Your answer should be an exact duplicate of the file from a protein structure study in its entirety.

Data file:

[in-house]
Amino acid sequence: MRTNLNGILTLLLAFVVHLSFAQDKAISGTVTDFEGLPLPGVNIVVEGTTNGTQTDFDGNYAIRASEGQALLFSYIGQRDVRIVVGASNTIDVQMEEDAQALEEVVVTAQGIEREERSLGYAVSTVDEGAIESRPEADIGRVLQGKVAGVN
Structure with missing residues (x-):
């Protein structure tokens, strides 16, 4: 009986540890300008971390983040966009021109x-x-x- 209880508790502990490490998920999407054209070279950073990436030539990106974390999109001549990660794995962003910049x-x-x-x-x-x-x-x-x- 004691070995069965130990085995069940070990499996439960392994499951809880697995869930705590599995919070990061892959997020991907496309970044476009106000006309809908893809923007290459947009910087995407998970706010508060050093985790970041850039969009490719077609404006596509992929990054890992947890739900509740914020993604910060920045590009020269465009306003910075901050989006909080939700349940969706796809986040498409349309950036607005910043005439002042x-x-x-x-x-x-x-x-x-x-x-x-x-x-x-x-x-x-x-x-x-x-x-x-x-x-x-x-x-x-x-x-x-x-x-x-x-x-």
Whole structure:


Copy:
[in-house]
Amino acid sequence: MRTNLNGILTLLLAFVVHLSFAQDKAISGTVTDFEGLPLPGVNIVVEGTTNGTQTDFDGNYAIRASEGQALLFSYIGQRDVRIVVGASNTIDVQMEEDAQALEEVVVTAQGIEREERSLGYAVSTVDEGAIESRPEADIGRVLQGKVAGVN
Structure with missing residues (x-):
């Protein structure tokens, strides 16, 4: 009986540890300008971390983040966009021109x-x-x- 209880508790502990490490998920999407054209070279950073990436030539990106974390999109001549990660794995962003910049x-x-x-x-x-x-x-x-x- 004691070995069965130990085995069940070990499996439960392994499951809880697995869930705590599995919070990061892959997020991907496309970044476009106000006309809908893809923007290459947009910087995407998970706010508060050093985790970041850039969009490719077609404006596509992929990054890992947890739900509740914020993604910060920045590009020269465009306003910075901050989006909080939700349940969706796809986040498409349309950036607005910043005439002042x-x-x-x-x-x-x-x-x-x-x-x-x-x-x-x-x-x-x-x-x-x-x-x-x-x-x-x-x-x-x-x-x-x-x-x-x-x-």
Whole structure: